University of Bristol
Wellcome Trust
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Mining and Quarrying

What is mining and quarrying?

Man has been mining since the early development of society e.g. Stone, Bronze and Iron ages. Virtually every manufactured item contains mineral products which have been mined or quarried.

Quarrying is normally associated with the extraction of rock using opencast techniques and leaving large holes in the ground.

1km of motorway requires 125,000 tonnes of crushed stone.

Mining can be opencast but more often involves digging tunnels below ground. Normally topsoil and underlying bedrock is removed (known as overburden) and stacked on spoil heaps nearby. Rock from tunnelling is added to this.

Mined compounds are normally classified into four groups:

  1. Metals (copper and aluminium)
  2. Industrial minerals (lime, soda ash)
  3. Construction materials (sand, gravel)
  4. Energy materials (coal, uranium)

Global economic aspects

  • As the human population grows, there is a greater demand for minerals.
  • Since 1900, there has been a thirteen-fold increase in demand.
  • In the 70’s there were concerns that certain minerals would run-out.
  • Discovery of new resources and an increase in recycling has largely prevented the total depletion of many mineral resources. Some minerals, if recycled, could possibly be thought of as ‘renewable resources’?
  • Many countries export minerals and this is an important source of income.

Environmental impacts

In 1556, Georgius Agricola noted the devastating effects of mining:

Open quoteof the detractors [of mining] that the fields are devastated by mining operations, for which reason formerly Italians were warned by law that no one should dig the earth for metals and so injure their very fertile fields, their vine yards, and their olive groves. Also they argue that the woods and groves are cut down, for there is a need for an endless amount of wood for timbers, machines, and the smelting of metals. And when the woods and groves are felled, then are exterminated the beasts and birds, very many of which furnish a pleasant and agreeable food for man. Further, when the ores are washed, the water which has been used poisons the brooks and streams, and either destroys the fish or drives them away. Therefore the inhabitants of these regions, on account of the devastation of their fields, woods, groves, brooks and rivers, find great difficulty in procuring the necessaries of life, and by reason of the destruction of the timber they are forced to greater expense in erecting buildings.Close quote


A pit shaft engine that lowers miners into the ground.Today, mining and quarrying have the following environmental impacts:

  • Loss of natural landscape and biodiversity
  • Loss of aesthetic value to the local landscape
  • Noise pollution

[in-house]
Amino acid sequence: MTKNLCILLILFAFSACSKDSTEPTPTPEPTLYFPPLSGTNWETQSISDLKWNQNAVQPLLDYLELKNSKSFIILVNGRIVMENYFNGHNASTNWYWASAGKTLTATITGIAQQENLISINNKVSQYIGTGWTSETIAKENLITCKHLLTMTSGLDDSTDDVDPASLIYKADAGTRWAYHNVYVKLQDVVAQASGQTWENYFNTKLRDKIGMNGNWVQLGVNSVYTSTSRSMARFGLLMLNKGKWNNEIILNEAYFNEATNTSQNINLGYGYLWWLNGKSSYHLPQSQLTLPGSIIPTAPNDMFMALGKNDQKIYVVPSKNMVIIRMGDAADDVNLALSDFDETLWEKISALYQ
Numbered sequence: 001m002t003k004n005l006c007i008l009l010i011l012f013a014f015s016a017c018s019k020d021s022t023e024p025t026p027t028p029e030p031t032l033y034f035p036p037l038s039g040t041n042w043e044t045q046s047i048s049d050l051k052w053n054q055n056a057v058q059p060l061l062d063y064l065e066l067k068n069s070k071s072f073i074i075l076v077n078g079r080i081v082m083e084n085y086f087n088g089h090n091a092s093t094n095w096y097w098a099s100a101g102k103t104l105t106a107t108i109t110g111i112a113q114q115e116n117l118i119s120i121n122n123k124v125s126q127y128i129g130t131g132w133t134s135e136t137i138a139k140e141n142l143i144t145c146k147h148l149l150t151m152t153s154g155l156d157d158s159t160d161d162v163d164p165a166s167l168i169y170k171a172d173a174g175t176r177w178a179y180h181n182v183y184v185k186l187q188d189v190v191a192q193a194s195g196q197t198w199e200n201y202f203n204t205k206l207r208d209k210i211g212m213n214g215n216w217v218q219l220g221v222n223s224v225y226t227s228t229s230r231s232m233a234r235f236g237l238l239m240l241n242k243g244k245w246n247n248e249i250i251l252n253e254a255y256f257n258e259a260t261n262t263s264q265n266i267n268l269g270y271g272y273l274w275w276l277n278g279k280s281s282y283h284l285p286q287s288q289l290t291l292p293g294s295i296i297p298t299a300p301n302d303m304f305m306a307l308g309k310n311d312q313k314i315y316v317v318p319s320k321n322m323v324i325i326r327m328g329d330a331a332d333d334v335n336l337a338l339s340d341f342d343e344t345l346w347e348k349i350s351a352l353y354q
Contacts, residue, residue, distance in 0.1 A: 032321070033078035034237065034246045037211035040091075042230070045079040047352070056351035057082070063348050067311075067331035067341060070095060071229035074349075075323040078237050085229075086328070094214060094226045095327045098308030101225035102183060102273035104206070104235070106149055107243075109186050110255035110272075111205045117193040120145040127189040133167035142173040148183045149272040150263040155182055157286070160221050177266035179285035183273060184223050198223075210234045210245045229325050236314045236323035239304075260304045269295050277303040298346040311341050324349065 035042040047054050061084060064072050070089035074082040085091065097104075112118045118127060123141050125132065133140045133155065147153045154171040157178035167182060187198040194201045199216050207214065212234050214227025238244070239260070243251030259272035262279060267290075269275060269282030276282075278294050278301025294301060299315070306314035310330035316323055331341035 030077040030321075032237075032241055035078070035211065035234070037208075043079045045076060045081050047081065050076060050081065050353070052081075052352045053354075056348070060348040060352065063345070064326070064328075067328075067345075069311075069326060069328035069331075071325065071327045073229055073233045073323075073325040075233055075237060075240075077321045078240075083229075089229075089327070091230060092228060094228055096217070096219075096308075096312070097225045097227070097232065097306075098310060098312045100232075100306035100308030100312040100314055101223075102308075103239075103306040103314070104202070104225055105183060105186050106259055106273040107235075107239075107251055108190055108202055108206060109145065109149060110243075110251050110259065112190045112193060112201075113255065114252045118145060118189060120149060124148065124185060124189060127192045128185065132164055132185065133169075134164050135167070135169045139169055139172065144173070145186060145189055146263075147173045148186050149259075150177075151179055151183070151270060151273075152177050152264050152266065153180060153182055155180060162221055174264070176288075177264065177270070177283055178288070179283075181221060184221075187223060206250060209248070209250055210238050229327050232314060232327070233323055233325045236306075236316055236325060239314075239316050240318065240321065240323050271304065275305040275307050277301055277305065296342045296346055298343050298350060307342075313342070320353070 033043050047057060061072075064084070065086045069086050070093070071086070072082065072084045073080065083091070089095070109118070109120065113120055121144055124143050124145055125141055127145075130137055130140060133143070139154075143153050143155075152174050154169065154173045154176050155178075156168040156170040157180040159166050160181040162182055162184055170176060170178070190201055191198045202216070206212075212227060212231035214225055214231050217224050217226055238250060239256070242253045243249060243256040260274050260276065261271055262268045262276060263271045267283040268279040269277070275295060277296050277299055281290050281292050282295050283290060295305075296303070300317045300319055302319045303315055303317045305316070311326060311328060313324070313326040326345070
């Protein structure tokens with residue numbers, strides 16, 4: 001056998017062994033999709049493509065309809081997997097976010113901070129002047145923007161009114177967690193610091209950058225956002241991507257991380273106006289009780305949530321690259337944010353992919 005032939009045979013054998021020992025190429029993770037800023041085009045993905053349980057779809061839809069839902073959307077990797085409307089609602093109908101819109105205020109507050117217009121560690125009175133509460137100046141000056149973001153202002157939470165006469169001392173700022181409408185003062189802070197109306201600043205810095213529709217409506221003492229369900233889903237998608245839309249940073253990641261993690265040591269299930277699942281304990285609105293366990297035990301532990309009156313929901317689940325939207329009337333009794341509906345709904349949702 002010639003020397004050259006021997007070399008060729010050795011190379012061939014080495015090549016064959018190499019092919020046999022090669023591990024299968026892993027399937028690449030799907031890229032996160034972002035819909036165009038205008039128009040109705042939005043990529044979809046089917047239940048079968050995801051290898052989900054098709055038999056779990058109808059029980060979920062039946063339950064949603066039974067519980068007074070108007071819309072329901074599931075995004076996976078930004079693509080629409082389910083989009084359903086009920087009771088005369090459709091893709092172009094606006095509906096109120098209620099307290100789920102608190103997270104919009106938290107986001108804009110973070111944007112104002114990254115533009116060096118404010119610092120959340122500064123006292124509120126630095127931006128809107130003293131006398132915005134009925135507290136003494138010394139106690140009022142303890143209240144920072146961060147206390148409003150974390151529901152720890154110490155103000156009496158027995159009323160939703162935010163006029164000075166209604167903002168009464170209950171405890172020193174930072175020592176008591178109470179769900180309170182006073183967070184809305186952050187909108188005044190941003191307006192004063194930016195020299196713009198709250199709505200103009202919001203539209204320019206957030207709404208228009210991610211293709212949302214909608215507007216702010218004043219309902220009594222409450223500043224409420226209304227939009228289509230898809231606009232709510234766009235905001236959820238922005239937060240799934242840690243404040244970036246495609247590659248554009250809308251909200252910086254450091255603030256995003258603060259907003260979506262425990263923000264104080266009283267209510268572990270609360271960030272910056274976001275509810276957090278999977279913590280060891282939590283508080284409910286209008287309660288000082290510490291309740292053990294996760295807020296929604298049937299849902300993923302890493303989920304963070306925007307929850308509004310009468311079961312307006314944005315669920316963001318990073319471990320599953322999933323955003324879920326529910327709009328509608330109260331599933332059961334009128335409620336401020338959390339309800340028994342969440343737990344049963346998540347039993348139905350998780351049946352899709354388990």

• Air and water pollution(some mine waste is highly toxic)
  • Dereliction
  • Changes to local hydrology (water flow and quality)
  • Erosion

What are the options to reduce these impacts?

  • One approach is to accept the damage on the grounds that it would be too expensive to do anything about it. In Estonia, oil shale mining and gravel extraction have destroyed 1% of the land. UTAH in the USA has one of the largest human extractions – Copper mining has produced a hole of 7.2 km2 and 770m deep and over 3400 million tonnes of ore have been extracted.
  • Insist on remedial work to reclaim damaged land after mining. This might involve filling in holes, levelling spoil heaps and regrassing.
  • Insist on sufficient preventative measures to ensure that the damage is kept to a bare minimum, e.g. the water that drains off the spoil heaps and tailings should not contaminate local streams and rivers.
  • Not allow mining in environmentally sensitive areas. Antarctica has massive mineral reserves, should they be exploited?
  • Recycle minerals.
  • Extract ores from tailing and spoil heaps using new ‘biological’ techniques.


Next: Climate Change


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jacscS 22-03-11 10:49
this is incredible. By the beard of zeus how is it that Copper mining has produced a hole of 7.2 km2 and 770m deep and over 3400 million tonnes of ore have been extracted.

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1. Old tailings and spoil heaps contain low levels of minerals which were in the past too expensive to extract. New ‘biological techniques’ are being developed to extract these minerals. Find out more about this process -
 Poison-Eating Bugs Strike Gold 


2. Search the internet for images that show successful reclamation of land from spoil heaps and tailings. Present a poster with ‘before’ and ‘after’ photographs. Under each photograph state the source of the image and give a date.

3. Disused gravel pits have been turned into havens for wildlife.
 Read about such a success story in Nottinghamshire: